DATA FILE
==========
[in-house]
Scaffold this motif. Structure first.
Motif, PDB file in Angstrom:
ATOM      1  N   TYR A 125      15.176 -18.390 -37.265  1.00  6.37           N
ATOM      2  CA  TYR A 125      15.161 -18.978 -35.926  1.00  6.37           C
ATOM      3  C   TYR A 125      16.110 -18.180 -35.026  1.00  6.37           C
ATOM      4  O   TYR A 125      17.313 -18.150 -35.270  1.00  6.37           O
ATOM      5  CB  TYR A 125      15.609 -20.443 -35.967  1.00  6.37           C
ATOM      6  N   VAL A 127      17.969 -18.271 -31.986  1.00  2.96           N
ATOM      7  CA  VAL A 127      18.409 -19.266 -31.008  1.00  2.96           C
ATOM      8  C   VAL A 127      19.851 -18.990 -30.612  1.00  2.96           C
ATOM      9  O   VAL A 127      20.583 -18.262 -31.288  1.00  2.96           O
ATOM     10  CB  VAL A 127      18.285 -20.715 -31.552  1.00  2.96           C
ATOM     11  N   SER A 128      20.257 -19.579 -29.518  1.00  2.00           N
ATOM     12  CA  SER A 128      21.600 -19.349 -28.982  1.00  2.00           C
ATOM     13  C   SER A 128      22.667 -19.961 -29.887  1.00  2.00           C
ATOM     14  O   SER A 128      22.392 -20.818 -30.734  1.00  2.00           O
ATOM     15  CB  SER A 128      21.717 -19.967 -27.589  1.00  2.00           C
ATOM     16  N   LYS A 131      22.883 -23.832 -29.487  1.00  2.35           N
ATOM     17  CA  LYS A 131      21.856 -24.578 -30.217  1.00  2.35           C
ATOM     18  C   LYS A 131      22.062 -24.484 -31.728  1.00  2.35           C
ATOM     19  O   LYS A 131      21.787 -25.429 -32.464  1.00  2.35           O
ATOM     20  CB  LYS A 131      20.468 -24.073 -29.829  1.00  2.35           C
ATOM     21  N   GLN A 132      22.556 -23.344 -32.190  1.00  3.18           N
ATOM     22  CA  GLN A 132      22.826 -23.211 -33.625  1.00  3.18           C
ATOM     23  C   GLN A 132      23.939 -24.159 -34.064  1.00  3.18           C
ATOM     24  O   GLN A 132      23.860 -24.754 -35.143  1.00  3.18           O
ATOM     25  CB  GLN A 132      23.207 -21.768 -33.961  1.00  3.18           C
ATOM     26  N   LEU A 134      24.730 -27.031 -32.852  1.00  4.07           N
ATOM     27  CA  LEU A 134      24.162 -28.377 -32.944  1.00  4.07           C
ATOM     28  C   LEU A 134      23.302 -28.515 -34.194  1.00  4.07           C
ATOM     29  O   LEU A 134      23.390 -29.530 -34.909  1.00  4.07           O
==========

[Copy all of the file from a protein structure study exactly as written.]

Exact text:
[in-house]
Scaffold this motif. Structure first.
Motif, PDB file in Angstrom:
ATOM      1  N   TYR A 125      15.176 -18.390 -37.265  1.00  6.37           N
ATOM      2  CA  TYR A 125      15.161 -18.978 -35.926  1.00  6.37           C
ATOM      3  C   TYR A 125      16.110 -18.180 -35.026  1.00  6.37           C
ATOM      4  O   TYR A 125      17.313 -18.150 -35.270  1.00  6.37           O
ATOM      5  CB  TYR A 125      15.609 -20.443 -35.967  1.00  6.37           C
ATOM      6  N   VAL A 127      17.969 -18.271 -31.986  1.00  2.96           N
ATOM      7  CA  VAL A 127      18.409 -19.266 -31.008  1.00  2.96           C
ATOM      8  C   VAL A 127      19.851 -18.990 -30.612  1.00  2.96           C
ATOM      9  O   VAL A 127      20.583 -18.262 -31.288  1.00  2.96           O
ATOM     10  CB  VAL A 127      18.285 -20.715 -31.552  1.00  2.96           C
ATOM     11  N   SER A 128      20.257 -19.579 -29.518  1.00  2.00           N
ATOM     12  CA  SER A 128      21.600 -19.349 -28.982  1.00  2.00           C
ATOM     13  C   SER A 128      22.667 -19.961 -29.887  1.00  2.00           C
ATOM     14  O   SER A 128      22.392 -20.818 -30.734  1.00  2.00           O
ATOM     15  CB  SER A 128      21.717 -19.967 -27.589  1.00  2.00           C
ATOM     16  N   LYS A 131      22.883 -23.832 -29.487  1.00  2.35           N
ATOM     17  CA  LYS A 131      21.856 -24.578 -30.217  1.00  2.35           C
ATOM     18  C   LYS A 131      22.062 -24.484 -31.728  1.00  2.35           C
ATOM     19  O   LYS A 131      21.787 -25.429 -32.464  1.00  2.35           O
ATOM     20  CB  LYS A 131      20.468 -24.073 -29.829  1.00  2.35           C
ATOM     21  N   GLN A 132      22.556 -23.344 -32.190  1.00  3.18           N
ATOM     22  CA  GLN A 132      22.826 -23.211 -33.625  1.00  3.18           C
ATOM     23  C   GLN A 132      23.939 -24.159 -34.064  1.00  3.18           C
ATOM     24  O   GLN A 132      23.860 -24.754 -35.143  1.00  3.18           O
ATOM     25  CB  GLN A 132      23.207 -21.768 -33.961  1.00  3.18           C
ATOM     26  N   LEU A 134      24.730 -27.031 -32.852  1.00  4.07           N
ATOM     27  CA  LEU A 134      24.162 -28.377 -32.944  1.00  4.07           C
ATOM     28  C   LEU A 134      23.302 -28.515 -34.194  1.00  4.07           C
ATOM     29  O   LEU A 134      23.390 -29.530 -34.909  1.00  4.07           O